пятница, 2 марта 2012 г.
HOW THE CITY BEGAN
In the spring of 1703, on May 16th, on the day of the Holy Spirit, the construction of the fortress on the Zayachy Island began. Legend has it that when the first ditch was ready, Peter I took a stone box containing a gold ark with particles of the holy remains of Saint Andrew the First Called, and put it into the ditch. Then he cut two slender birch-trees, tied their crowns together and put the trunks into holes dug in the ground. The birch-trees marked the place where the gates of the future fortress were supposed to be. At that moment an eagle flying over the island came down and perched on the birch-trees. Peter, who saw it as a good omen, ordered to catch the eagle. He tied a kerchief around its legs and, holding the eagle in his hand, boarded a yacht and sailed off to the sounds of gun salute.
Peter named the fortress after his heavenly patron Apostle Peter. At first the name was pronounced in the Dutch manner – Sanct-Peterburh but was eventually changed into Sanct-Peterburg and remained such until the early 20th century.
Construction of the fortress proceeded smoothly and took just four months to complete. A rampart and bastions protected it from the outside. Inside a church was laid in honor of Apostles Peter and Paul. The church came to be known as Petropavlovskaya and so did the fortress, while the city springing fast around it took the fortress’s initial name – St.Petersburg.
When King Charles XII of Sweden learnt that the Russians were building a new city in the Baltics, he said: “Let Czar Peter do this useless job – build cities, and we will do better — capture them.”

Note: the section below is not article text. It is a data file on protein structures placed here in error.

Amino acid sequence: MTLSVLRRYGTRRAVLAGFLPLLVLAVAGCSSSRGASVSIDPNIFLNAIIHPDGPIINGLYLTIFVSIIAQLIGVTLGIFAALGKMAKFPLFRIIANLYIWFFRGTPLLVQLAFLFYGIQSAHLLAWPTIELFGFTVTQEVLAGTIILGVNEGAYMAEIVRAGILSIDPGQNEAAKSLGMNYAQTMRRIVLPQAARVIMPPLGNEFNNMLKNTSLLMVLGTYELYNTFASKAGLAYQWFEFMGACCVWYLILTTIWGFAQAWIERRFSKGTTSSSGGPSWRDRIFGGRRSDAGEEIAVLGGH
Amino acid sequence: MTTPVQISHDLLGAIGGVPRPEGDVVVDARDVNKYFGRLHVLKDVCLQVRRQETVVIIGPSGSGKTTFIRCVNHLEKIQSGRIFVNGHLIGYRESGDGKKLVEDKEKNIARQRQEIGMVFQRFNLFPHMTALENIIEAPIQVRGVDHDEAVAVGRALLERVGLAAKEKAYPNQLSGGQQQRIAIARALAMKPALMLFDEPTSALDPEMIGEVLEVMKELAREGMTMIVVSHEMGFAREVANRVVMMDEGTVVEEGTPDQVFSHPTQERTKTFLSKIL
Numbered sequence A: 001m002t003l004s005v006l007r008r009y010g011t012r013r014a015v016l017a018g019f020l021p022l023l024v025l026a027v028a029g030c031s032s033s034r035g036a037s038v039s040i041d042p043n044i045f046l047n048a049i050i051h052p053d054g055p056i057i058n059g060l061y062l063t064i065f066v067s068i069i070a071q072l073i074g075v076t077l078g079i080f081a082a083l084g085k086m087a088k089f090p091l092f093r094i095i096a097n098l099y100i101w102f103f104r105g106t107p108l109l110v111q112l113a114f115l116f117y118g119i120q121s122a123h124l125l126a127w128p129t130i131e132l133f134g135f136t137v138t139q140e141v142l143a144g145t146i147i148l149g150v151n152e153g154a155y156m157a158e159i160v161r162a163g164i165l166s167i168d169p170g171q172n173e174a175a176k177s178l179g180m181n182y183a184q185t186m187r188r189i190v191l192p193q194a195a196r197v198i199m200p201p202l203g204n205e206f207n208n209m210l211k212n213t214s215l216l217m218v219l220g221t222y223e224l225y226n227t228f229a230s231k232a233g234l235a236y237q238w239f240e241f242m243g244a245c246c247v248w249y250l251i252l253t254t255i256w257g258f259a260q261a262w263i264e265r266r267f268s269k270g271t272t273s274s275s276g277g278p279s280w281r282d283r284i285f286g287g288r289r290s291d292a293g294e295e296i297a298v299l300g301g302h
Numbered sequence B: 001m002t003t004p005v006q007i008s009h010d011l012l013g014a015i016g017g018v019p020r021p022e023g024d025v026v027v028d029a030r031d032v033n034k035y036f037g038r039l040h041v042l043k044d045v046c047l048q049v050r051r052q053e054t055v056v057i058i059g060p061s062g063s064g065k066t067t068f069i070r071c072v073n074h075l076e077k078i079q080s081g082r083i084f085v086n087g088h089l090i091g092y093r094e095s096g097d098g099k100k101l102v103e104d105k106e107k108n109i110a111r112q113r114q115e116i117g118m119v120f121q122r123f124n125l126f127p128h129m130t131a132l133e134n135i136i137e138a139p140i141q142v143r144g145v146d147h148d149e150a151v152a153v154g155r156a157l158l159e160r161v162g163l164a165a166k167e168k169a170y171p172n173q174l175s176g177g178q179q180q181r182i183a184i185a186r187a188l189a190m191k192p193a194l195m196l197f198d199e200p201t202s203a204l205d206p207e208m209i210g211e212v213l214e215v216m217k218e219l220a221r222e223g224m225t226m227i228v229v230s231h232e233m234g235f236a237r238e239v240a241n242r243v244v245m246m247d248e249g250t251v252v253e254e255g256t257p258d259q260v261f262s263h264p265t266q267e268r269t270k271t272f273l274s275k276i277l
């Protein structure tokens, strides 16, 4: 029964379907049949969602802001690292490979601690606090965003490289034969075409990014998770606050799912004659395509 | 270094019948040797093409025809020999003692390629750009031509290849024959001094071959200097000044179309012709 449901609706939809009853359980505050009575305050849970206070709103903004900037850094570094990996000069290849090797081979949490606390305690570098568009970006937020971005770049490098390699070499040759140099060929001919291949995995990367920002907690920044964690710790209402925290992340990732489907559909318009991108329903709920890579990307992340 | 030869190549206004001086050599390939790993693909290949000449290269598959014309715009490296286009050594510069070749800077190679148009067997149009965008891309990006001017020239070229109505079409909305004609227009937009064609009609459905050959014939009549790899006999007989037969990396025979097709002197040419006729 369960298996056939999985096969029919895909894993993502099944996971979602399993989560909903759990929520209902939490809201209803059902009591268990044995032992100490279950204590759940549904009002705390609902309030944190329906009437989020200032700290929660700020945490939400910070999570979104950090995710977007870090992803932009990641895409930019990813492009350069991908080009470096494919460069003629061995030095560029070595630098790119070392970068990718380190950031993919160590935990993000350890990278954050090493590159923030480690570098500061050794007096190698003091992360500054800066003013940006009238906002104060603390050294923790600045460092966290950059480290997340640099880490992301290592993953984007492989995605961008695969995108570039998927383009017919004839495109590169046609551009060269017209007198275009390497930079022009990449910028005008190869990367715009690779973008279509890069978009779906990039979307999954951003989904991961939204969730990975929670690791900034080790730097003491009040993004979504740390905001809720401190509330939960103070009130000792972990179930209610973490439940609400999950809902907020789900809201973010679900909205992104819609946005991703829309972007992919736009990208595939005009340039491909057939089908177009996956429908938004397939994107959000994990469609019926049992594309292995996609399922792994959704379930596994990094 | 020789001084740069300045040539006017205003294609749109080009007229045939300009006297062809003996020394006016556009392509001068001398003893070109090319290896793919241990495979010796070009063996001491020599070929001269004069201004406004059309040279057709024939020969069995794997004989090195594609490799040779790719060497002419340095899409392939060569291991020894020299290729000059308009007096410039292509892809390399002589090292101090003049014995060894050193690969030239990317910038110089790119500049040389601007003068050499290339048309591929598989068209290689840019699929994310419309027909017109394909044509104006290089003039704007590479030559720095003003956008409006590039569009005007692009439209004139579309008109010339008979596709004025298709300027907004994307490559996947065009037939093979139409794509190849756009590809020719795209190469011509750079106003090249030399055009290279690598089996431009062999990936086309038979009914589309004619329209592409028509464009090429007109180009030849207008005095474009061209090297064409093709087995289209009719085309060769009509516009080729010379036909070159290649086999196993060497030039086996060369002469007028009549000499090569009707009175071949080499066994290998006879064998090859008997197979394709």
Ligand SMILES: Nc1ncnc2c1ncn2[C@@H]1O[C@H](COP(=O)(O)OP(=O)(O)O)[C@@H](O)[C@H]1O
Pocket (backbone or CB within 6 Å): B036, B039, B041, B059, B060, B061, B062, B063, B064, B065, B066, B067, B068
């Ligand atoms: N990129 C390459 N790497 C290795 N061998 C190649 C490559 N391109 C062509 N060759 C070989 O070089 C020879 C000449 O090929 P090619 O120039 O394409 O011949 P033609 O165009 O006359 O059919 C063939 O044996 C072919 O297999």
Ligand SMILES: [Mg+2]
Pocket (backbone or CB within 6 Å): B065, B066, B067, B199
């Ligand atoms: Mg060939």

August 1703 saw a landmark event for St.Petersburg as a future seaport: the first merchant ship from Holland dropped anchor in St.Petersburg’s harbor. It brought salt and wine. Peter, overjoyed, bid his guests a rousing welcome and lavished them with gifts. He realized how desperately the city needed a port and ordered to speed up its construction. Up to 20 thousand workers from all over Russia St.Petersburg. Admiraltywere brought in annually. Working in shifts for two months in terribly hard conditions, they were building the city. Things were complicated by a swampy soil and frequent floods, and the workers did all they could to save the fruits of their labor. They built embankments and dug drain canals.
As the Swedes were still hoping to recapture the area, Peter built a naval fort on the island of Kotlin just where the Neva emptied into the sea. The Kronslot fort, which eventually turned into a powerful sea fortress Kronstadt, had an enormous part to play in defending the naval approaches to the city. Peter instructed the fort’s commandant to maintain everything in strict order and fire warning shots as a signal for passing neutral ships to lower the sails and drop anchor, and in case they disobey, to open attack fire.
Now that Russia had an outlet to sea, it was only natural that it should have a navy. Peter used his architectural and engineering genius to design a shipyard. Construction began on November 5, 1704, and in just a year the Admiralty Shipyard, the cradle of the Russian Navy, was put into service. In the first quarter of the 18th century it accounted for half of all Russian battleships, 23 out of the 48. The ships had excellent combat characteristics, they were fast and maneuverable, a fact that even Russia’s enemies dared not deny. The Russian influence in the Baltic was rapidly increasing.
In 1709 the Russian army defeated the Swedes in a crucial battle at Poltava. Weakened by the protracted war with Russia, Sweden no longer posed a threat to St.Petersburg. This made Peter even more confident of the plan he had been cherishing ever since he started building the new city — to transfer the capital from Moscow to St.Petersburg. In 1712 he made an ultimate decision…